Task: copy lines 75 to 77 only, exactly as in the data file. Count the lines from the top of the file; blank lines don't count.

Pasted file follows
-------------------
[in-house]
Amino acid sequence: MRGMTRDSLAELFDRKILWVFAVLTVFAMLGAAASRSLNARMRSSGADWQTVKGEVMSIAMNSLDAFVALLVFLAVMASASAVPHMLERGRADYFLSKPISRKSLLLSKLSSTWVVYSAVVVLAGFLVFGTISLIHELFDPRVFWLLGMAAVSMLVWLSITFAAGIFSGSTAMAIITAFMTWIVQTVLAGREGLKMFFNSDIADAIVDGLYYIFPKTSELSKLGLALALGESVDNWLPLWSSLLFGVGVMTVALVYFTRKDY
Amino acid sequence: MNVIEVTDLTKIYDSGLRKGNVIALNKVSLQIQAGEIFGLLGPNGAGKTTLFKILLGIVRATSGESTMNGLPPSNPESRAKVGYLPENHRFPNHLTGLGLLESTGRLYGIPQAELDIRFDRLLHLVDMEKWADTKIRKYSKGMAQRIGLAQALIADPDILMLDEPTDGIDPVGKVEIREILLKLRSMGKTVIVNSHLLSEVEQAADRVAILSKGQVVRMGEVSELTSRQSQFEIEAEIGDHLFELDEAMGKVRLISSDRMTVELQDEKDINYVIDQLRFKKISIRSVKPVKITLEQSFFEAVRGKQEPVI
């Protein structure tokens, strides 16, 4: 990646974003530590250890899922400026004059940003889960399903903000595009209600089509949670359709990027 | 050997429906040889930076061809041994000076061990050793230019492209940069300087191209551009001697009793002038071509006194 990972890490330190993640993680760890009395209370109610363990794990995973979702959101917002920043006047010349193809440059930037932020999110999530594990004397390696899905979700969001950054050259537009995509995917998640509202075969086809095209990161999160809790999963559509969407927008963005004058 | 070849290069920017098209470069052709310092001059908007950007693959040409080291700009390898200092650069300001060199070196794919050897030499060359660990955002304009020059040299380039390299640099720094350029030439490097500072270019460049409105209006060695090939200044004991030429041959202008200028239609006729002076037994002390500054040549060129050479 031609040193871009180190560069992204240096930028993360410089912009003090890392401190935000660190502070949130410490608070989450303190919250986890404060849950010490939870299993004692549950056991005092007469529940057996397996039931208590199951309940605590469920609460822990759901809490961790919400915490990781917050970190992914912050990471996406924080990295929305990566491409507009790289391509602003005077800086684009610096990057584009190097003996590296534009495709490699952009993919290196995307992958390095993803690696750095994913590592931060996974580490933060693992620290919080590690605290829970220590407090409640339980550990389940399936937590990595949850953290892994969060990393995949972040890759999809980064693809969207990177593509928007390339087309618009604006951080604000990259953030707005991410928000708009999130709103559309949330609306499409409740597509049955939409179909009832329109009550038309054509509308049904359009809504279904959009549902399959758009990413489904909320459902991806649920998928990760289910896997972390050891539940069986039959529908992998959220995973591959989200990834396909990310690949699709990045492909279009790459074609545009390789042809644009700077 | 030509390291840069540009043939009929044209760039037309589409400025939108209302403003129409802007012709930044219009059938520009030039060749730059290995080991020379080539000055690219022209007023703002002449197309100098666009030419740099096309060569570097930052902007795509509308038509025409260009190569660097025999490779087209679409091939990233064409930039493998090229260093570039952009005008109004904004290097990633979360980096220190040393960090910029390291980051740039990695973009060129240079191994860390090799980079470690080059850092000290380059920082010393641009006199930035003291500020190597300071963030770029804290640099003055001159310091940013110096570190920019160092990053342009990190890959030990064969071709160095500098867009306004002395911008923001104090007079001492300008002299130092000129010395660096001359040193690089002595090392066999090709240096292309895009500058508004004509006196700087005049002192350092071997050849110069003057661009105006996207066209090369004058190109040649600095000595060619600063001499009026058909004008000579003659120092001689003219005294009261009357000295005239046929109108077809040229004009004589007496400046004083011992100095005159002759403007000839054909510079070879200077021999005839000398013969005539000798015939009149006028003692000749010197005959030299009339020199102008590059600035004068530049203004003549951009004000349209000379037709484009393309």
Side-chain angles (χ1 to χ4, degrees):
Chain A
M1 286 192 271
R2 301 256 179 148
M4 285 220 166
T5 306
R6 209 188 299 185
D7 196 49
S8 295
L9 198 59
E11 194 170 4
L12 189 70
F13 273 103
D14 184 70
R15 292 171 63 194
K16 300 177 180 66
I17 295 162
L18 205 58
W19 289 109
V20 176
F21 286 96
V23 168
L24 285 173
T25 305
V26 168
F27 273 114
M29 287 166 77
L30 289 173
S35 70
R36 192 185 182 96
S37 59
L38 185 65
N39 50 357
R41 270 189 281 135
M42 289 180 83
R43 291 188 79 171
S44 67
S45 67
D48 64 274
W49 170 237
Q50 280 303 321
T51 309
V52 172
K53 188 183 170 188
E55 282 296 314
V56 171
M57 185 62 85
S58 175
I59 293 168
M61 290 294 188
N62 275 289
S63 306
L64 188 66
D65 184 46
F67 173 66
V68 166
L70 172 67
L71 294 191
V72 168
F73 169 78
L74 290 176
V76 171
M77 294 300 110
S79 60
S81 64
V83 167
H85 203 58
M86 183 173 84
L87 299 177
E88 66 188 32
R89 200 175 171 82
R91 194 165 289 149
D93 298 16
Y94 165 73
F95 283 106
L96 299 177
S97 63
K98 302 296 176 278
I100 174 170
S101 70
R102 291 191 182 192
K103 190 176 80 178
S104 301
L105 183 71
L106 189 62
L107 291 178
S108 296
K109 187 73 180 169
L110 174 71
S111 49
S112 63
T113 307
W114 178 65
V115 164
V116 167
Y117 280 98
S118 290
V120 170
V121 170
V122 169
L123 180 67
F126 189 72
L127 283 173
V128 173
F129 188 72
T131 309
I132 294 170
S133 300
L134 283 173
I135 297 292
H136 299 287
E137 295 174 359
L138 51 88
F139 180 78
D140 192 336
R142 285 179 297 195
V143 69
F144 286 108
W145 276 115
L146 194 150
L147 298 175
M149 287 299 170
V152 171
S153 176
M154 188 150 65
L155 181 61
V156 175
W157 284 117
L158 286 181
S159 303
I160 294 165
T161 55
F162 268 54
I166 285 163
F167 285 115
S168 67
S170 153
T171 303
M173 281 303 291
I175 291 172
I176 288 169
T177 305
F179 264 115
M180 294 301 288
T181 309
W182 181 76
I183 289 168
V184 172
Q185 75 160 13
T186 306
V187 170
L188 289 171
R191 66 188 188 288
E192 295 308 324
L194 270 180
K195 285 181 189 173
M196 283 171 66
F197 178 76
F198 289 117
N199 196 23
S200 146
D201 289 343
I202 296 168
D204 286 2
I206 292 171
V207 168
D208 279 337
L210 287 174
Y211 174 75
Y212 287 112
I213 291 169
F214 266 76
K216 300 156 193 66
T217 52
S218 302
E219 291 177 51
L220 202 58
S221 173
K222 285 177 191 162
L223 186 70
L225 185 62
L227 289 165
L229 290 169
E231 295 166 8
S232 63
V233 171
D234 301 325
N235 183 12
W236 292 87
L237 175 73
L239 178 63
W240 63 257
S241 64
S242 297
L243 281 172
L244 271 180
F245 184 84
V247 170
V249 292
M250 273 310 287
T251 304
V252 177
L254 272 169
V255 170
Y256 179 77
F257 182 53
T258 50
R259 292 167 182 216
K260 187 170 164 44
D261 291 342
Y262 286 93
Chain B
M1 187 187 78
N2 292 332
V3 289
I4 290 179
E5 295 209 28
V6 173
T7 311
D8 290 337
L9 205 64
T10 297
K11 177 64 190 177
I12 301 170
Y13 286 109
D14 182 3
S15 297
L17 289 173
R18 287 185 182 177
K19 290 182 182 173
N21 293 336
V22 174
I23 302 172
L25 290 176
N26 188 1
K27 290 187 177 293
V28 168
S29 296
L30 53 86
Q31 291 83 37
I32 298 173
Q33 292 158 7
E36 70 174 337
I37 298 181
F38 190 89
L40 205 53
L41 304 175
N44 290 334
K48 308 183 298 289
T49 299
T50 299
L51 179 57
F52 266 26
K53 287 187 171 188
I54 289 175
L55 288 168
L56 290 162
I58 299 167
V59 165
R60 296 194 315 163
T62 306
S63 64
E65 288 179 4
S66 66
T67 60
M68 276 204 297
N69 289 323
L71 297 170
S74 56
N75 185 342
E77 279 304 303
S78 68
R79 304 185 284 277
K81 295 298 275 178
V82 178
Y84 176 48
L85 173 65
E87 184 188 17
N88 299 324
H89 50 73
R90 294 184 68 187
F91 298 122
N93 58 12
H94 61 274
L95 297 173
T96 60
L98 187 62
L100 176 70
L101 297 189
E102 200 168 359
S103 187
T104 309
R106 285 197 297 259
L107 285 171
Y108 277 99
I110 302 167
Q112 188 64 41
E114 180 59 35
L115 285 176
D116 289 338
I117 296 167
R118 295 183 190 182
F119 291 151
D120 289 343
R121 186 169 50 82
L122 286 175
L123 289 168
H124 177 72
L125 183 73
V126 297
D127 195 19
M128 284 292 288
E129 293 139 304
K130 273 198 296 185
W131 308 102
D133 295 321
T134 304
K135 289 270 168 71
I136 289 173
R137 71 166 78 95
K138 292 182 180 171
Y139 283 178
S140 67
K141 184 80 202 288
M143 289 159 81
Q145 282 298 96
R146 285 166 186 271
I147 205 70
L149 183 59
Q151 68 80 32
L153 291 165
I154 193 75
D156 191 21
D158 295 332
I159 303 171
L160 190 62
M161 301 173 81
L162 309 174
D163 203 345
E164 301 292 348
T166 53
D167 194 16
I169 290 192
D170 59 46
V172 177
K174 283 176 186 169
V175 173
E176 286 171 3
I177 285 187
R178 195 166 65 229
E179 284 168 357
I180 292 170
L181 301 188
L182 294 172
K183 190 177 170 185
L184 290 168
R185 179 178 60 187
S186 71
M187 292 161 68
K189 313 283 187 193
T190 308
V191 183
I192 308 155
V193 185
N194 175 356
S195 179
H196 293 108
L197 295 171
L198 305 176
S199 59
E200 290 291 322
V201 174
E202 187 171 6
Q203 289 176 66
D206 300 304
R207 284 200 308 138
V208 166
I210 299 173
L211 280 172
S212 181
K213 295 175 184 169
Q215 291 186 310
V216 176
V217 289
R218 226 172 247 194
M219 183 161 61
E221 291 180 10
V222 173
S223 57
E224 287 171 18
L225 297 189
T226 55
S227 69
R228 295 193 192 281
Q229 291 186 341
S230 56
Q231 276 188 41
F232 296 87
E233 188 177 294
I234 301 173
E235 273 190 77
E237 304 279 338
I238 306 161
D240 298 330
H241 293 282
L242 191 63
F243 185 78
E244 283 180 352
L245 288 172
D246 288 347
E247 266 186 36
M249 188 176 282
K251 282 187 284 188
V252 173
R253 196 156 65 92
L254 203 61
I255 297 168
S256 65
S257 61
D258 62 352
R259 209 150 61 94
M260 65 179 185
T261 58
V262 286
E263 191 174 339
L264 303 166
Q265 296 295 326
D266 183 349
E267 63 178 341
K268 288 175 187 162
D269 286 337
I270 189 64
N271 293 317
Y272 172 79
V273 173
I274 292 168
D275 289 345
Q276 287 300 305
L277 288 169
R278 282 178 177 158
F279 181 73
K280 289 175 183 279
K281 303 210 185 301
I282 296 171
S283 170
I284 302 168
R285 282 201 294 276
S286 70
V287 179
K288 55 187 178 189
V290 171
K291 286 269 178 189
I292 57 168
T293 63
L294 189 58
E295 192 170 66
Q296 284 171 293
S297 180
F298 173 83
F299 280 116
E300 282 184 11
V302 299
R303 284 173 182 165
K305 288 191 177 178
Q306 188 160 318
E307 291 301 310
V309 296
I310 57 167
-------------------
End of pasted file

R89 200 175 171 82
R91 194 165 289 149
D93 298 16